When business guru John Hamm came to San Quentin in early January, it wasn’t his first time at this historic land- mark. Hamm is a huge fan of the entrepreneurial program, The Last Mile (TLM). He believes that it is one of the best chances for inmates to succeed, once paroled.
Hamm was at San Quentin to lecture TLM students enrolled in its computer coding program, called Code 7370. He’s given the same lecture about staying focused and path-finding countless times to CEOs and other business executives.
Hamm stood in front of a white board where he’d listed the habits of highly effective people no matter where they are — prison or free.
The Seven Habits of Highly Effective People Stephen R. Covey is a guide for better living. It took me a weekend to digest the book that in more than two decades has sold in the over 25 million copies worldwide. The book is well organized and written in accessible language that stuck with me – it might stick with you too, pushing you to live a principle-centered life.
Hamm tells the students that the first order of business is to take charge of their lives.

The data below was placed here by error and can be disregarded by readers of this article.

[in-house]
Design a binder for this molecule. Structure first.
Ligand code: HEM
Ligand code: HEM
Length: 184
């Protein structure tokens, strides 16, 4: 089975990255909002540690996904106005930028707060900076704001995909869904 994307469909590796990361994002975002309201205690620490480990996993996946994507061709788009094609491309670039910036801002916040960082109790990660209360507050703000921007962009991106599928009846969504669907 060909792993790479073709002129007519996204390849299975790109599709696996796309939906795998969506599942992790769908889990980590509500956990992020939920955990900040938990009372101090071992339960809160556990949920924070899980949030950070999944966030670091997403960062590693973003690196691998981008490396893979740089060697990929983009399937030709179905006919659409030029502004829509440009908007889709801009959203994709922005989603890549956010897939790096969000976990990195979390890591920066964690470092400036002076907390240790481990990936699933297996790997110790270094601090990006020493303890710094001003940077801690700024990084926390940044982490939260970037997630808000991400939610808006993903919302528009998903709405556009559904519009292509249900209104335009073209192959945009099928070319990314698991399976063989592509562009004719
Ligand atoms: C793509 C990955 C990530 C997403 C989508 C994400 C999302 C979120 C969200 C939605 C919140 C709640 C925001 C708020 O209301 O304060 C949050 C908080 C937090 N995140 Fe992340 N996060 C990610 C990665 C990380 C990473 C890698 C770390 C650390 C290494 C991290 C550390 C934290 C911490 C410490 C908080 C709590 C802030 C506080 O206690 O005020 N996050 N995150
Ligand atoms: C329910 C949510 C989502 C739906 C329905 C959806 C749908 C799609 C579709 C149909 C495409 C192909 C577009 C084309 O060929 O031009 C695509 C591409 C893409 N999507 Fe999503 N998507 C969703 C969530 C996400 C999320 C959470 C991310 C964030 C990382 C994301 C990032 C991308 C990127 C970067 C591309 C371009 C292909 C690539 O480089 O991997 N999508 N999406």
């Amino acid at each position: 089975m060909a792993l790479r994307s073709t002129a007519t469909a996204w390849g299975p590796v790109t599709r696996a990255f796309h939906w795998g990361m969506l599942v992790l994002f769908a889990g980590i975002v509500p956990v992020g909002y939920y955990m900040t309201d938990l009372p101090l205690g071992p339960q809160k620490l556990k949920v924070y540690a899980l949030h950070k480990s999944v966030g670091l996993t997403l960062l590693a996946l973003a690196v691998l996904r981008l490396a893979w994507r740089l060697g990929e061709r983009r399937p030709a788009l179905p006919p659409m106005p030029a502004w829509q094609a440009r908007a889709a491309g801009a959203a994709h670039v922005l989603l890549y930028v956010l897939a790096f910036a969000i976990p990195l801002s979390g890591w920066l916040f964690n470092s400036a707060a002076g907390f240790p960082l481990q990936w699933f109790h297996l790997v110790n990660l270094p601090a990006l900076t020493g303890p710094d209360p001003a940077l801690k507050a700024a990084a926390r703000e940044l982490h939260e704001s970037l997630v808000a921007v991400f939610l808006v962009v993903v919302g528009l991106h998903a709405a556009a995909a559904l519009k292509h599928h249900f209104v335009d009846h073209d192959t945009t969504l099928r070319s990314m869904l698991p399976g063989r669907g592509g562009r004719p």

“You get to choose how you feel and how to react to what happens to you.”
Hamm explained that not reacting to everything that happens, means being proactive. “How many times have you said, ‘I wish I didn’t say that?”
Hamm pointed out that choice is both easy and hard at the same time.
“There’s no need to say something immediately. You can drive a Ferrari 30 miles an hour,” Hamm said. “These kinds of people are elegant. They are thoughtful. There’s a mastery of this kind of proactivity.”
Hamm told the students that understanding why the habits in the book are important and then living by them is especially challenging for incarcerated people.
“That’s why I have such high regard for you guys. You are in here, planning your lives outside of this place.”
In the outside world, he said, there are not the chronic situations of control and lack of choice as found in prisons. He described prison as the ultimate place of patience: “At the end of the day, we only control ourselves.”
Hamm stressed the importance of team building. Effective people develop the habit of keeping the end goals in mind when thinking and planning, which can’t be done single-handedly.
To make “it” happen, the book includes phrases like “Seek first to understand, then to be understood,” which requires “empathic listening,” and “independence to be interdependent.” He suggests living by the “Win-Win or No Deal” philosophy for success.
Readers also learn the need to have good relationships and to value them.
Central to the book’s teachings is knowing your personal values and principles. These help to set priorities, essential in determining what needs to be done and what should be done.
The lessons worked for me. After the two-day class ended, I felt energized and ready to be more effective in my everyday life.